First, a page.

Session IV: Basic Navigation and Analysis of Your Data
Instructors: Ed Summers (MITH) Josh Westgard (Libraries) Now that you have collected your Twitter data, how do you use it to help answer your research questions? This workshop will help you do that by describing the anatomy of a Tweet, the mechanics of JSON data, and how to write a simple program to process the data. Learning how to dig into your Twitter dataset is an important step as you plan for some of the more advanced tools we will learn about in Session V. Participants in this workshop will come away with a better understanding of processing Twitter JSON data, and be able to programmatically explore the data with simple open source tools. This is a hands-on workshop, so in order to participate fully, please bring a personal laptop with you. You should also try to download and install Python and JQ (both are available free, see links below). We also recommend installing a text editor such as Sublime Text. Python: https://www.python.org/downloads/ JQ: https://stedolan.github.io/jq/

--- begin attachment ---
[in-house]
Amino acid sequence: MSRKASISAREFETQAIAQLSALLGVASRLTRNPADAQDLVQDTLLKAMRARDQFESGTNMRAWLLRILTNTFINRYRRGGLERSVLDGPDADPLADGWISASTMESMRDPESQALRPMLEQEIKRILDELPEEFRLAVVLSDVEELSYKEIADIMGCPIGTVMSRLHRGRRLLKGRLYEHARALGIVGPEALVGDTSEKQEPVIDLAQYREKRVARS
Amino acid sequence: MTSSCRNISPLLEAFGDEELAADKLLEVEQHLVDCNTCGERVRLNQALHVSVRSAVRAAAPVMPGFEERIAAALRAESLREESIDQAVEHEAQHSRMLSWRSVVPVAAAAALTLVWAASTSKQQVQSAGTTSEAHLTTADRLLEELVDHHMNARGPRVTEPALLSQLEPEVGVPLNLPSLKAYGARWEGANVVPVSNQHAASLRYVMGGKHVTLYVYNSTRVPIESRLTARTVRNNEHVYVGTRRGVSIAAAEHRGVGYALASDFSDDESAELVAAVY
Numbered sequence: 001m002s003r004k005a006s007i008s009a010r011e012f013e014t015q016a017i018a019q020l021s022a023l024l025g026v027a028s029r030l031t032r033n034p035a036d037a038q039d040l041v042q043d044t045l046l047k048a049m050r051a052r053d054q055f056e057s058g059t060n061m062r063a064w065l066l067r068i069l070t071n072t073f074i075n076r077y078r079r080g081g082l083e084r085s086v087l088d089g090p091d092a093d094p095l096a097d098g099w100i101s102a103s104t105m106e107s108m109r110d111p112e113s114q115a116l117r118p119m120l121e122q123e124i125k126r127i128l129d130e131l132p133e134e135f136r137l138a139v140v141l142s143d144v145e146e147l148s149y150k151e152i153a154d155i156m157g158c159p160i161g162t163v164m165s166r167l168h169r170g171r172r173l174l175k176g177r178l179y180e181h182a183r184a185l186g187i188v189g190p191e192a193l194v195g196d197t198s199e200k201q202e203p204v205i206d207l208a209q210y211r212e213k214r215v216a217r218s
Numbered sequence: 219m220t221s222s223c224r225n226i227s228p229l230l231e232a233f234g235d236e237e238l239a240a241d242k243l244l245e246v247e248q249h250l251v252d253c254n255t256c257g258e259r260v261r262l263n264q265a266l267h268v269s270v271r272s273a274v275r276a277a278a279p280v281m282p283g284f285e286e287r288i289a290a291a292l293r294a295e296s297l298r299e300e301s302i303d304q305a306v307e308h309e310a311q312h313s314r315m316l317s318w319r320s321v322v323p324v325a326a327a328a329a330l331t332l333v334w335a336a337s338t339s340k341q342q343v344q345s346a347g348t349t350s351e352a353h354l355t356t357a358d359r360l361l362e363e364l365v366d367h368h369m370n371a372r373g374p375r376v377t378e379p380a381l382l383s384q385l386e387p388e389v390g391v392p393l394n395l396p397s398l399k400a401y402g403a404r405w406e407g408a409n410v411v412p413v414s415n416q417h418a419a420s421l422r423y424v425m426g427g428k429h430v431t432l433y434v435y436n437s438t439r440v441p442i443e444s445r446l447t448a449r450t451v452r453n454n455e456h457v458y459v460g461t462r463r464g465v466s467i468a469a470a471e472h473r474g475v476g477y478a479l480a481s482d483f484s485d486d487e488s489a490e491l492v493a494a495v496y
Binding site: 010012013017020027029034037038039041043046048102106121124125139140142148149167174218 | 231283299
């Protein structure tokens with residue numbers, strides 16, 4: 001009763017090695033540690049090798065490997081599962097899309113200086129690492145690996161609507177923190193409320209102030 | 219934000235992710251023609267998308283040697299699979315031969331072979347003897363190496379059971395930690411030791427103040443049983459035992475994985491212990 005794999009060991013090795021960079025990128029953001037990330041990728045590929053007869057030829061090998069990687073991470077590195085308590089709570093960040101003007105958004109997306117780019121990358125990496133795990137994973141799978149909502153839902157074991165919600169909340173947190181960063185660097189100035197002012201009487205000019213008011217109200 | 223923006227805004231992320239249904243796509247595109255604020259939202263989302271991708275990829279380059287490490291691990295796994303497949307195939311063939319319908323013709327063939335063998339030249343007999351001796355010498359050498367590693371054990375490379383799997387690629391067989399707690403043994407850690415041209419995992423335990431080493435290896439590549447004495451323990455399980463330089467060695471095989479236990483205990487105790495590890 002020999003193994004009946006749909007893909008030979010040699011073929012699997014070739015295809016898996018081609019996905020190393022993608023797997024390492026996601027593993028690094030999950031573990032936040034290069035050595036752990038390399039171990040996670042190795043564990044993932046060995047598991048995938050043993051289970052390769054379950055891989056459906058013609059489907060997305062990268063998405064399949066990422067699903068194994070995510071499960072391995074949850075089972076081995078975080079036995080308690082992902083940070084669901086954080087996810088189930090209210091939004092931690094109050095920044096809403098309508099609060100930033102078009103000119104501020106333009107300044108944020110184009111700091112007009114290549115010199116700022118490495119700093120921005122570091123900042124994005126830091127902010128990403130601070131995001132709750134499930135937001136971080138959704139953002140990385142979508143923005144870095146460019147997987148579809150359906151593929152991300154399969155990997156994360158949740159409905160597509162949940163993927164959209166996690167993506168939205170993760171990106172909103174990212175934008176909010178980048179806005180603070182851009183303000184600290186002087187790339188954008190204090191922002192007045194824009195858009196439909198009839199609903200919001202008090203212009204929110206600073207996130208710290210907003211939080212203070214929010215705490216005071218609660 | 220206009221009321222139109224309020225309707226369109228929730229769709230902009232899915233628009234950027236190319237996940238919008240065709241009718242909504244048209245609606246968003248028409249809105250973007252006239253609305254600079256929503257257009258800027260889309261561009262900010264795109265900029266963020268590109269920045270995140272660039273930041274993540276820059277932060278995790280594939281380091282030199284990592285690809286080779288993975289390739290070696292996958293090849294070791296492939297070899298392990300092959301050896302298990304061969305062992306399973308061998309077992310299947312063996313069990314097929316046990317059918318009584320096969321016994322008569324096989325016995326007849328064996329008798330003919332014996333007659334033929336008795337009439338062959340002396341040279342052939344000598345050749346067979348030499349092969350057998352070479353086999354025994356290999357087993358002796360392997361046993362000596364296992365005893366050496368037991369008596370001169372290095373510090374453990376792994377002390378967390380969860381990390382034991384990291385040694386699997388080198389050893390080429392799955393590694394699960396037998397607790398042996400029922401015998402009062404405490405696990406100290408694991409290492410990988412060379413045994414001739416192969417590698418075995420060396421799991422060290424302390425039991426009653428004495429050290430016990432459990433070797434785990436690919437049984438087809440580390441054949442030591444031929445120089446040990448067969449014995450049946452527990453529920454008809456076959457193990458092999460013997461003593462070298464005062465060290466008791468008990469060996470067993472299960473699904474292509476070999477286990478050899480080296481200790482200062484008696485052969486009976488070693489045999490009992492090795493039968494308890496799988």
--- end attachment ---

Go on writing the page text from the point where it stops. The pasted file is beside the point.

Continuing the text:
Ed is a researcher and software developer working at the intersection of information technology and memory studies. His work is informed by a sociotechnical approach which emphasizes the role that communities of practice play in the development of infrastructure for libraries and archives, with a particular focus on web archives and social media. He has worked for the last two decades in academia, government and business. Prior to joining MITH Ed helped build the Repository Development Center (RDC) at the Library of Congress. There he led the design and implementation of the NEH funded National Digital Newspaper Program’s web application Chronicling America. Ed designed digital curation services for social media archiving and image quality analysis. He also served as a member of the W3C Semantic Web Deployment Group where he helped standardize SKOS, and implemented the initial version of LC’s Linked Data service.